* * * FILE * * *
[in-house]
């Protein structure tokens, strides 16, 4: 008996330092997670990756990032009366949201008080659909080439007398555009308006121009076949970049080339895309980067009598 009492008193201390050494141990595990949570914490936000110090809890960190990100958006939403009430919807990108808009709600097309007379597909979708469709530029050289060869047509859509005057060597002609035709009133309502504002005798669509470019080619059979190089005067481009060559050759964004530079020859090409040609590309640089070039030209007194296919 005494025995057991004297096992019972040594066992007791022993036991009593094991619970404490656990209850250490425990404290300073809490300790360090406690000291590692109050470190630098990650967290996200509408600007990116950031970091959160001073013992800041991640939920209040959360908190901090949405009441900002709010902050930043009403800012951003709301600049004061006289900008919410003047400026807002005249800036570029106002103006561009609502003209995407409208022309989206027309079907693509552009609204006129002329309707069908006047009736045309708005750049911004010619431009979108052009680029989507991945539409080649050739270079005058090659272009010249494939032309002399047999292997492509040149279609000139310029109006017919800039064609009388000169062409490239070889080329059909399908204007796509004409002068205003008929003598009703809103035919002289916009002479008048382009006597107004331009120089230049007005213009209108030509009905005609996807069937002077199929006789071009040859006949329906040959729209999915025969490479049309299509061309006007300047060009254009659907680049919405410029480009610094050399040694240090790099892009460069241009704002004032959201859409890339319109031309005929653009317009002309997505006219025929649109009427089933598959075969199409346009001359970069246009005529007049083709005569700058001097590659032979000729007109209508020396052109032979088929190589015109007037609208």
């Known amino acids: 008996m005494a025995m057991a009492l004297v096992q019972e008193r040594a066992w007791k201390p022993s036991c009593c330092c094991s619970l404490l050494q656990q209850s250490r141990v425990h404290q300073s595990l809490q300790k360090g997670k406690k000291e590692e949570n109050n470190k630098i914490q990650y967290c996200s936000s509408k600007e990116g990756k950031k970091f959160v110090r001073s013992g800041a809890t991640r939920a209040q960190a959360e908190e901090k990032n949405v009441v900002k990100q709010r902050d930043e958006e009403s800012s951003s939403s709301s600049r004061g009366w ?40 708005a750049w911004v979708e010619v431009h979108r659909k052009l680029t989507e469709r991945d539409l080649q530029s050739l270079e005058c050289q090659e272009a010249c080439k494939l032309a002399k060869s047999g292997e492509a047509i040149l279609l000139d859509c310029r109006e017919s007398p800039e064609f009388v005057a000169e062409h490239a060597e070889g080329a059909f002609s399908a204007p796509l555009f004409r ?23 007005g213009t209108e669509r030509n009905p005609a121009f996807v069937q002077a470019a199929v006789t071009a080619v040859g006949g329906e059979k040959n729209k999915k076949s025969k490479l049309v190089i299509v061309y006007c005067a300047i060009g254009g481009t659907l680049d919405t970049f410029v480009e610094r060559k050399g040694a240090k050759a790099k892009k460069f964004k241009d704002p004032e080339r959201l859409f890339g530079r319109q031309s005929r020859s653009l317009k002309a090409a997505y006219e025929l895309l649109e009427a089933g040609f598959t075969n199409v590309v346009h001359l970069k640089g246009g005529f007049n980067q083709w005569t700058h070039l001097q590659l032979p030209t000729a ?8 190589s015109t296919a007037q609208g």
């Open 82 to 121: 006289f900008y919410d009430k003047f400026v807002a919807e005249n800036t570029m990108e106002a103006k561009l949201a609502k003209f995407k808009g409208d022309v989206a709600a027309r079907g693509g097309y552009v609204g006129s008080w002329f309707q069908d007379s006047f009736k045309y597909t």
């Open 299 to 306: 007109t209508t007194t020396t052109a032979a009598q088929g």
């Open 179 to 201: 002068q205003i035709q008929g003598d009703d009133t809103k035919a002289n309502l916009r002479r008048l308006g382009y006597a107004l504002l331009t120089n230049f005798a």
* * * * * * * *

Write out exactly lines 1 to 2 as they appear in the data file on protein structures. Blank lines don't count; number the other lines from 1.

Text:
[in-house]
């Protein structure tokens, strides 16, 4: 008996330092997670990756990032009366949201008080659909080439007398555009308006121009076949970049080339895309980067009598 009492008193201390050494141990595990949570914490936000110090809890960190990100958006939403009430919807990108808009709600097309007379597909979708469709530029050289060869047509859509005057060597002609035709009133309502504002005798669509470019080619059979190089005067481009060559050759964004530079020859090409040609590309640089070039030209007194296919 005494025995057991004297096992019972040594066992007791022993036991009593094991619970404490656990209850250490425990404290300073809490300790360090406690000291590692109050470190630098990650967290996200509408600007990116950031970091959160001073013992800041991640939920209040959360908190901090949405009441900002709010902050930043009403800012951003709301600049004061006289900008919410003047400026807002005249800036570029106002103006561009609502003209995407409208022309989206027309079907693509552009609204006129002329309707069908006047009736045309708005750049911004010619431009979108052009680029989507991945539409080649050739270079005058090659272009010249494939032309002399047999292997492509040149279609000139310029109006017919800039064609009388000169062409490239070889080329059909399908204007796509004409002068205003008929003598009703809103035919002289916009002479008048382009006597107004331009120089230049007005213009209108030509009905005609996807069937002077199929006789071009040859006949329906040959729209999915025969490479049309299509061309006007300047060009254009659907680049919405410029480009610094050399040694240090790099892009460069241009704002004032959201859409890339319109031309005929653009317009002309997505006219025929649109009427089933598959075969199409346009001359970069246009005529007049083709005569700058001097590659032979000729007109209508020396052109032979088929190589015109007037609208």